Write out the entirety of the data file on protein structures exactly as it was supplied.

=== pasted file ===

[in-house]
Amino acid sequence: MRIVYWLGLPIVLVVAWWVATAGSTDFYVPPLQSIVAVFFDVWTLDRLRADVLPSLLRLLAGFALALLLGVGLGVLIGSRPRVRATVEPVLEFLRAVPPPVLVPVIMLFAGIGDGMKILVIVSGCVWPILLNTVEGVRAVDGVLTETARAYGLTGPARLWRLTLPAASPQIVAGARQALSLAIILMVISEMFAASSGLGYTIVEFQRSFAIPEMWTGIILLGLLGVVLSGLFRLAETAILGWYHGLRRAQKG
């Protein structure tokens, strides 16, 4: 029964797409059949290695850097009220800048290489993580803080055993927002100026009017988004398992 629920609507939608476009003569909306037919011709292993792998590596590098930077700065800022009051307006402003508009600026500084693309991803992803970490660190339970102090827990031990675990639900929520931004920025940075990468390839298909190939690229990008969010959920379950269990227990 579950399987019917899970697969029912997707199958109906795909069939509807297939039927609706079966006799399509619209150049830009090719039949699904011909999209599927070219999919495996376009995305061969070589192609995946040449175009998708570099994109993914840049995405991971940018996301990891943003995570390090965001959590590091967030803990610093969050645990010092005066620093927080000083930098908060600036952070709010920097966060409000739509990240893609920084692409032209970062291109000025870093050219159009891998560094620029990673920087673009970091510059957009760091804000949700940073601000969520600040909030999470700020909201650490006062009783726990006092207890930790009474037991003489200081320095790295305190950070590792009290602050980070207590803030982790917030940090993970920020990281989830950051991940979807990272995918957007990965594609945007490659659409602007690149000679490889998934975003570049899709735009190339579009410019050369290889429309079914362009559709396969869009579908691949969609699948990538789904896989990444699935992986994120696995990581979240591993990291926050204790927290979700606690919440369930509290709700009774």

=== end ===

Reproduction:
[in-house]
Amino acid sequence: MRIVYWLGLPIVLVVAWWVATAGSTDFYVPPLQSIVAVFFDVWTLDRLRADVLPSLLRLLAGFALALLLGVGLGVLIGSRPRVRATVEPVLEFLRAVPPPVLVPVIMLFAGIGDGMKILVIVSGCVWPILLNTVEGVRAVDGVLTETARAYGLTGPARLWRLTLPAASPQIVAGARQALSLAIILMVISEMFAASSGLGYTIVEFQRSFAIPEMWTGIILLGLLGVVLSGLFRLAETAILGWYHGLRRAQKG
């Protein structure tokens, strides 16, 4: 029964797409059949290695850097009220800048290489993580803080055993927002100026009017988004398992 629920609507939608476009003569909306037919011709292993792998590596590098930077700065800022009051307006402003508009600026500084693309991803992803970490660190339970102090827990031990675990639900929520931004920025940075990468390839298909190939690229990008969010959920379950269990227990 579950399987019917899970697969029912997707199958109906795909069939509807297939039927609706079966006799399509619209150049830009090719039949699904011909999209599927070219999919495996376009995305061969070589192609995946040449175009998708570099994109993914840049995405991971940018996301990891943003995570390090965001959590590091967030803990610093969050645990010092005066620093927080000083930098908060600036952070709010920097966060409000739509990240893609920084692409032209970062291109000025870093050219159009891998560094620029990673920087673009970091510059957009760091804000949700940073601000969520600040909030999470700020909201650490006062009783726990006092207890930790009474037991003489200081320095790295305190950070590792009290602050980070207590803030982790917030940090993970920020990281989830950051991940979807990272995918957007990965594609945007490659659409602007690149000679490889998934975003570049899709735009190339579009410019050369290889429309079914362009559709396969869009579908691949969609699948990538789904896989990444699935992986994120696995990581979240591993990291926050204790927290979700606690919440369930509290709700009774």